Appeal by Interstate Oil Transport Co. from a judgment of the United States District Court for the Southern District of New York, Vincent Broderick, Judge, awarding $500,000 plus $420,454.57 in prejudgment interest in favor of Atlantic Richfield Company on its idemnity claim against appellant Interstate. Reversed.
BEFORE: MESKILL, CARDAMONE and WINTER, Circuit Judges
CARDAMONE, Circuit Judge :
This appeal involves a claim for indemnity arising from a marine casualty. A time charterer of a gasoline tank barge that suffered a cargo loss sued a terminal owner claiming that its personnel's negligence in loading the cargo caused the loss. The terminal owner cross-claimed for the millions of dollars of property damages it sustained. During the trial, the time charterer paid the terminal owner $500,000 in settlement of its counterclaim. It then sought indemnity from the party from which it had time-chartered the vessel. Following a trial on the indemnity claim, the district court granted full indemnity to the time charterer reasoning that it did not need to show actual liability to the terminal owner in order to recover the amount it paid in settlement. Instead, the district court believed that the potential liability which it found was all that was required. We reverse.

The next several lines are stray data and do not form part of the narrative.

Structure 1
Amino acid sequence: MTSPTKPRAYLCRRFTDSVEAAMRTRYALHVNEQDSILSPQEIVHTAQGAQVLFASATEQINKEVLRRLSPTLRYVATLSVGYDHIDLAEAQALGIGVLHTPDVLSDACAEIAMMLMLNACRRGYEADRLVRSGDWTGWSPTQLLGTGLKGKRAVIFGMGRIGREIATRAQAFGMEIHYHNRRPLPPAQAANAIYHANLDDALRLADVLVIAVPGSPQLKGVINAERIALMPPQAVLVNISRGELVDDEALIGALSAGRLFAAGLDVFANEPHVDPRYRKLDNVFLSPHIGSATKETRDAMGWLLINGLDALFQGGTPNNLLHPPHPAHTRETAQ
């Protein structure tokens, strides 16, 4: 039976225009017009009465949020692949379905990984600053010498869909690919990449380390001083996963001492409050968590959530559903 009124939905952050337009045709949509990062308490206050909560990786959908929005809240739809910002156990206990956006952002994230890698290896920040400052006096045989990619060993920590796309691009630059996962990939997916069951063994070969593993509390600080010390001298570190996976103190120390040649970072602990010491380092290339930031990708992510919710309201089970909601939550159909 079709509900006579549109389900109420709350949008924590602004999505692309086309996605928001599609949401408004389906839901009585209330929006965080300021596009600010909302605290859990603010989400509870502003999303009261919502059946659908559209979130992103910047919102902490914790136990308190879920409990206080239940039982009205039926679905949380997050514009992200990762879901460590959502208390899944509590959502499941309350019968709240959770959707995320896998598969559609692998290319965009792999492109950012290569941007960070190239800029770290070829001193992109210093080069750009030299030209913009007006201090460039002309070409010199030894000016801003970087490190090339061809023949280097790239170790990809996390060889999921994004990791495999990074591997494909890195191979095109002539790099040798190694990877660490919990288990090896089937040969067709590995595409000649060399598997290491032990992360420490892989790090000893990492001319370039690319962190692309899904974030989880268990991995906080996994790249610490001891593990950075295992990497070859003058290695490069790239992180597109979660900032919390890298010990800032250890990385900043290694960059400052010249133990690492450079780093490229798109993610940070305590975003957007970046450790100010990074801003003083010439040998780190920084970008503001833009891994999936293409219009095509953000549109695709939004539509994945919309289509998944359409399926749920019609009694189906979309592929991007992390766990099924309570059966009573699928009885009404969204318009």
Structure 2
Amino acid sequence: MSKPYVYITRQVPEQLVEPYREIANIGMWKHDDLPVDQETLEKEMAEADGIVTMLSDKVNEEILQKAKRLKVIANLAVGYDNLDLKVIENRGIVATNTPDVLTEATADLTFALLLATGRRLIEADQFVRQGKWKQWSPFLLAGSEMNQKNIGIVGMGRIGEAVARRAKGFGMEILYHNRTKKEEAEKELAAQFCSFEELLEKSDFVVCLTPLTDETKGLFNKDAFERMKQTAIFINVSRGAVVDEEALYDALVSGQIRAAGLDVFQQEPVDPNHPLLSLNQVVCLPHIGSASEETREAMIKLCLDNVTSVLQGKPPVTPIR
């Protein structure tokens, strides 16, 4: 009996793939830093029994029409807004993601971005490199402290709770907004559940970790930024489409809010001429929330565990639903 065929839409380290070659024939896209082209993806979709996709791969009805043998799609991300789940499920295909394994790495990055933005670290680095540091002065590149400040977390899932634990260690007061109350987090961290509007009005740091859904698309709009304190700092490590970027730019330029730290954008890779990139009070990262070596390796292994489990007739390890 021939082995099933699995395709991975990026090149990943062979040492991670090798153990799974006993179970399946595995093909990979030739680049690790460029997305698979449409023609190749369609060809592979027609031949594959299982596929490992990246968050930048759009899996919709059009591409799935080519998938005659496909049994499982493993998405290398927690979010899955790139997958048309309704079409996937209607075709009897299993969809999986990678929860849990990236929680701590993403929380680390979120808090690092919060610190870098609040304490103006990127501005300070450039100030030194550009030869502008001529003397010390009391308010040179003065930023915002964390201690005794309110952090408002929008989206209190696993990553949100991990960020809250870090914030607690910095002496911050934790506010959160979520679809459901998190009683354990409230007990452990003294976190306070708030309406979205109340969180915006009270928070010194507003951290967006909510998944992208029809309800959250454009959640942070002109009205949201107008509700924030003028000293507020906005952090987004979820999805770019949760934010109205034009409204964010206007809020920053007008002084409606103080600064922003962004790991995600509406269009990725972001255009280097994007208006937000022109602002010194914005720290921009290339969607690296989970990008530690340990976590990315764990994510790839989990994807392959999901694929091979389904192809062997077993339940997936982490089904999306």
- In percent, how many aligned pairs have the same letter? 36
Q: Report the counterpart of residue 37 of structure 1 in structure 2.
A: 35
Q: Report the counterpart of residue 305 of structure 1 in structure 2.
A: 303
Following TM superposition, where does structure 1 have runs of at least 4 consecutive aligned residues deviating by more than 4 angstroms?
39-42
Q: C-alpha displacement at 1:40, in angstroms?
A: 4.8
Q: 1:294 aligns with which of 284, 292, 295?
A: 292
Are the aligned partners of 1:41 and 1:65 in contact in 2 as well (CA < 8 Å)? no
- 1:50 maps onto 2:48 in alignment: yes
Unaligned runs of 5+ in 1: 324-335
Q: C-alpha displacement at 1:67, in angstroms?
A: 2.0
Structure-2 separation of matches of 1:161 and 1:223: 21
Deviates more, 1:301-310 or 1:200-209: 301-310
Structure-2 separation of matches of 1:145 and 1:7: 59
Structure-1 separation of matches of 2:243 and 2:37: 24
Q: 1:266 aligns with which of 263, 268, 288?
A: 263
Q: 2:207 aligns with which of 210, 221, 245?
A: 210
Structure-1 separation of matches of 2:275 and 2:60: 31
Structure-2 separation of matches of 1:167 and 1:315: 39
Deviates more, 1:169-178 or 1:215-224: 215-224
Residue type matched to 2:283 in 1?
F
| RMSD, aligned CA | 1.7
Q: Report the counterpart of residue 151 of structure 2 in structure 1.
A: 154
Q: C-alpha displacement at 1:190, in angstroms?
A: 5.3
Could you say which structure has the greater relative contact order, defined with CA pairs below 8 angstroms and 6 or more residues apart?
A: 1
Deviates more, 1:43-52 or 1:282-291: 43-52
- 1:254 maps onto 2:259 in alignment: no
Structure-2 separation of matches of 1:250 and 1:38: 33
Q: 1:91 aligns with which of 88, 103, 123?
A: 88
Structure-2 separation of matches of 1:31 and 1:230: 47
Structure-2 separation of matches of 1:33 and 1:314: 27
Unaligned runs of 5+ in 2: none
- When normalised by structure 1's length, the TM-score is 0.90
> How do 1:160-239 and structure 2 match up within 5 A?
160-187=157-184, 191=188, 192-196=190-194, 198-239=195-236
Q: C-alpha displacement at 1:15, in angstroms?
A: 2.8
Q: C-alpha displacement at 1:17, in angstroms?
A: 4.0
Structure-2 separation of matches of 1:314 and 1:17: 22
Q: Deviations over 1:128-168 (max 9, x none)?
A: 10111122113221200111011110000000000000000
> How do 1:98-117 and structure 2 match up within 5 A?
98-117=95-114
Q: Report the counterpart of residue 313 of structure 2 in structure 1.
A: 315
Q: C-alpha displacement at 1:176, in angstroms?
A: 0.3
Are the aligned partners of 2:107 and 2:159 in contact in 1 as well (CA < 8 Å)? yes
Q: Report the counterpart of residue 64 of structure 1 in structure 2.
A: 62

At approximately 6:10 a.m. on October 25, 1972 an explosion occurred aboard the six-year old steel tank barge "OCEAN 80" moored at the General American Transportation Corporation Terminal at Arthur Kill in Carteret, New Jersey. The OCEAN 80 was loading gasoline and fuel oil at the time of the explosion and the subsequent fire destroyed and sank the barge and caused millions of dollars worth of damage to the terminal and nearby facilities. The shock of the explosion broke windows a mile from the scene, but there was no loss of life and only minor injuries.